Vancouver Island University’s literary magazine ‘Portal’ celebrates 30 years

Virtual launch featuring contributor readings took place April 30

Nanaimo author Haley Healey recently launched her second book, ‘Flourishing and Free: More Stories of Trailblazing Women of Vancouver Island.’ (Photo courtesy Kristin Wenberg)
Nanaimo author pens second book on ‘trailblazing’ Vancouver Island women

Haley Healey’s ‘Flourishing and Free’ follows her 2020 debut ‘On Their Own Terms’

Saanich author Hannalora Leavitt hopes her new book, This Disability Experience, helps to dispel the ‘otherness’ that often surrounds people with disabilities. (Jane Skrypnek/News Staff)
Vancouver Island author demystifying disability and dismantling otherness

Hannalora Leavitt, who lives with a visual impairment, wants to change how people look at disability

The organizers of the annual 39 days of July festival hope to return to live shows in Charles Hoey Park this year, like in this photo taken in 2019, but audiences at the show may be limited to 50 people due to health protocols. (File photo)
39 Days of July hoping to stage outdoor events in Duncan this summer

Annual music festival will run from June 25 to Aug. 2 this year

Members of A Cappella Plus rehearse for a ’60s-themed concert in 2019. This year the group is celebrating its 40th anniversary. (Bulletin file photo)
Nanaimo’s A Cappella Plus chorus marks 40 years with short documentary

Film covers group’s history, features performance and behind-the-scenes video

Musqueam and Qualicum First Nations artist, Mathew Andreatta, next to several of his ongoing projects, including carvings and illustrations. (Submitted photo)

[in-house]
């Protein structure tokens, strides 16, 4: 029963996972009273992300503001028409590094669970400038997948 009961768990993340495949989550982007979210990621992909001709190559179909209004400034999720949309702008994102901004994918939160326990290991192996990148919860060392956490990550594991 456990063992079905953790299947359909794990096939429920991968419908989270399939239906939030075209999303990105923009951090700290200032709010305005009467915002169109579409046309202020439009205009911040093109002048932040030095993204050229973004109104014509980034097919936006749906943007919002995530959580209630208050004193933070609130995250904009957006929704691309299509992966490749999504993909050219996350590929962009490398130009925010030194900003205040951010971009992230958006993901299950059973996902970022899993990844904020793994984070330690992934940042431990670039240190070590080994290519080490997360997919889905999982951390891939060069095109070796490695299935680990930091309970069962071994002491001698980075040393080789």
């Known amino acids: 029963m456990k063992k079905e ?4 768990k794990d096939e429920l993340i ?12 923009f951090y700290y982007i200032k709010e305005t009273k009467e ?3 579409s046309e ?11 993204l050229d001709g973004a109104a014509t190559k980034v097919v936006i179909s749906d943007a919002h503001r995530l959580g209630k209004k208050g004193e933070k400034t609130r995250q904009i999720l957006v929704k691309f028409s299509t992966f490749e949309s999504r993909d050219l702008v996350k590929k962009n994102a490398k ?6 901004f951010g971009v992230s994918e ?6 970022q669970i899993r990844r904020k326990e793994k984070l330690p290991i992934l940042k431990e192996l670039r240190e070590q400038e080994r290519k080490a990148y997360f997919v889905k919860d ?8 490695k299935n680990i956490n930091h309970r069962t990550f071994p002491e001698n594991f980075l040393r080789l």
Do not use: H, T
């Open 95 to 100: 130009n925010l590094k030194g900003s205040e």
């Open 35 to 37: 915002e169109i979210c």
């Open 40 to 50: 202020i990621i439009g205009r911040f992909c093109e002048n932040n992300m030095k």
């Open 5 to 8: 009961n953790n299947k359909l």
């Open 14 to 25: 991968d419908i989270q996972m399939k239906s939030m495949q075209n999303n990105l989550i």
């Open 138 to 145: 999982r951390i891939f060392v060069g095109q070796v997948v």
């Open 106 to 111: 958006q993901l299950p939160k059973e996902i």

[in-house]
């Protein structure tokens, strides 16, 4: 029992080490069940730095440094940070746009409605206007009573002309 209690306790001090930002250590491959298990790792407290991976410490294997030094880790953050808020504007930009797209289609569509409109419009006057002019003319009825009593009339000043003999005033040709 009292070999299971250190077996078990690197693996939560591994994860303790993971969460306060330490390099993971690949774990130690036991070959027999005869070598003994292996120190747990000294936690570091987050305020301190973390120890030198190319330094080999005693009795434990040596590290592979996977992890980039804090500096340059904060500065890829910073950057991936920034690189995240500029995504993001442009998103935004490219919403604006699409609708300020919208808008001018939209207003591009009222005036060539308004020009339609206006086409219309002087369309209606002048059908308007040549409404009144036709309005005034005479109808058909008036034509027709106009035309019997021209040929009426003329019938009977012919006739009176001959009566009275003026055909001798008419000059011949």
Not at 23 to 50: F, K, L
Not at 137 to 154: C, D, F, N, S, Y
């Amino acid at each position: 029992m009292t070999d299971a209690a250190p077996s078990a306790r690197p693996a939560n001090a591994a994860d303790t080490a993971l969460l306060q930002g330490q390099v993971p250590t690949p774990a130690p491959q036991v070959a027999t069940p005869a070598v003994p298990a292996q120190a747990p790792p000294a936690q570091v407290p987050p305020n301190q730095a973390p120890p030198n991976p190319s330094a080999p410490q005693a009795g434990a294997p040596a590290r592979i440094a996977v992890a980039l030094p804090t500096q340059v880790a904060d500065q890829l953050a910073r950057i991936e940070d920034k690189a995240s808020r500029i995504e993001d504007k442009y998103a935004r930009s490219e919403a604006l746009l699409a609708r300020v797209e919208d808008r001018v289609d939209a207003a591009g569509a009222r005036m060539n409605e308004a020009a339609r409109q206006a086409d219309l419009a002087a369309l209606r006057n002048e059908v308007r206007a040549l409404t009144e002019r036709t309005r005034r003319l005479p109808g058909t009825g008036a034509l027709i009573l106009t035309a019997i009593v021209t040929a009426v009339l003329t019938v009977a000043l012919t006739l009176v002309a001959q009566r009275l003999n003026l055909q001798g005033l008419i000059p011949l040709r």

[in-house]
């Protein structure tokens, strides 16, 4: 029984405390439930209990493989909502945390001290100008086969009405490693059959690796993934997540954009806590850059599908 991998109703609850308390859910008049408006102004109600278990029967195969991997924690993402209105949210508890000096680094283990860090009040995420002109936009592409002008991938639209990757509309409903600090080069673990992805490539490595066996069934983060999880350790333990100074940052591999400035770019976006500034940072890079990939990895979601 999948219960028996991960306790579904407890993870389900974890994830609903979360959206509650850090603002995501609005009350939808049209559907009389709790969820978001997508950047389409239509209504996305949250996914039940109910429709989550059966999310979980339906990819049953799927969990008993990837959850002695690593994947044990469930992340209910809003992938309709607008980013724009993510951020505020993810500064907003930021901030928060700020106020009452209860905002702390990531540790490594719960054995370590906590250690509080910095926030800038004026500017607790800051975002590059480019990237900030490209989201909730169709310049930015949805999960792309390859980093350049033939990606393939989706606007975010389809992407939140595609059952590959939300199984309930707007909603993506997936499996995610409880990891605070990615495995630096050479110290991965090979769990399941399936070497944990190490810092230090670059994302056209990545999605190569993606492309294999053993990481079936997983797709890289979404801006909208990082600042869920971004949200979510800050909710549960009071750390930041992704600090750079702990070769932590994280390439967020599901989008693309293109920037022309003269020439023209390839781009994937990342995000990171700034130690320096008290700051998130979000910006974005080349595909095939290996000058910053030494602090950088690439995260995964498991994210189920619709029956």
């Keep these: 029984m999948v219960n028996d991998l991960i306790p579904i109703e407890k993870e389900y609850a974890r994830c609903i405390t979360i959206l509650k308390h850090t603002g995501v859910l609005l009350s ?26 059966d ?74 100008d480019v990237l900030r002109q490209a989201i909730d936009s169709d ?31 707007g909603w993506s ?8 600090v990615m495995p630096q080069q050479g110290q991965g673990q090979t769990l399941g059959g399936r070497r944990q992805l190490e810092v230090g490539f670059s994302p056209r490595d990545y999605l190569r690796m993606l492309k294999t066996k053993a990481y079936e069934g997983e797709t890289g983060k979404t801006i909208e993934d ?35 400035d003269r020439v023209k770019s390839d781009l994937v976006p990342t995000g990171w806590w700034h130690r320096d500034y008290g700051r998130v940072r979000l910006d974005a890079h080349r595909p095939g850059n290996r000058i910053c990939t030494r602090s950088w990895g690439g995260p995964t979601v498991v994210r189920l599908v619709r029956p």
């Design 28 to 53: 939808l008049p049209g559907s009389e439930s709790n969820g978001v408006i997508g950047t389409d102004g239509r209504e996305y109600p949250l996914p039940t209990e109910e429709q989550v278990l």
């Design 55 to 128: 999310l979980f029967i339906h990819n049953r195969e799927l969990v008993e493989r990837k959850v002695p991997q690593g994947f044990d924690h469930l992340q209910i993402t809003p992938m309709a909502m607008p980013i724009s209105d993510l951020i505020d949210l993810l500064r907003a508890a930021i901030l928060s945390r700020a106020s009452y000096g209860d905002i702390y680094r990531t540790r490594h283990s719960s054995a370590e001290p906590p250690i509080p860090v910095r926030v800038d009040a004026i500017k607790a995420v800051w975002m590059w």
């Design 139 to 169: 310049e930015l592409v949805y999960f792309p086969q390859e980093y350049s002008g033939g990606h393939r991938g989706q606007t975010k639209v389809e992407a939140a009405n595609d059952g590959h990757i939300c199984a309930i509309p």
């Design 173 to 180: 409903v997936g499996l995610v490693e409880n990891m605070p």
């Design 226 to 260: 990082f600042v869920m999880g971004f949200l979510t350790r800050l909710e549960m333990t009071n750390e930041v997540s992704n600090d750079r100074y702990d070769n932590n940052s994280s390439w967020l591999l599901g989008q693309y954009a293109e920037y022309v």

Island artist considers art a means to reconnect with his Indigenous identity

Andreatta thought of TOSH as a space of learning and creation

Nicolle Nattrass and Michael Armstrong are presenting an online reading on May 9. (Photos courtesy Joni Marcolin/Heather Armstrong)
Nanaimo playwrights present online Mother’s Day script readings

Nicolle Nattrass and Michael Armstrong to read from in-progress plays

Marianne Turley is one of this year’s City of Nanaimo Culture and Heritage Award winners for Honour in Culture. (Bulletin file photo)
Longtime Vancouver Island Symphony board member gets posthumous culture award

Marianne Turley receives City of Nanaimo Culture and Heritage Award for Honour in Culture

The CVAC Fine Arts Show is always something to see and 2021 promises to be no different, as they adopt a fully multimedia approach. (File photo)
Cowichan Valley Fine Arts Show goes multimedia for 2021

The show, which runs from May 1-22 will be available both in person and online.

Dinner After a Death, a painting by Sooke artist Bryan Cathcart is part of a collection featuring his work at the Outsiders and Others Gallery in Vancouver. (Contributed - Bryan Cathcart)
Sooke artist finds creativity by expanding artistic horizons

Bryan Cathcart, 26, featured at Vancouver gallery

Most Read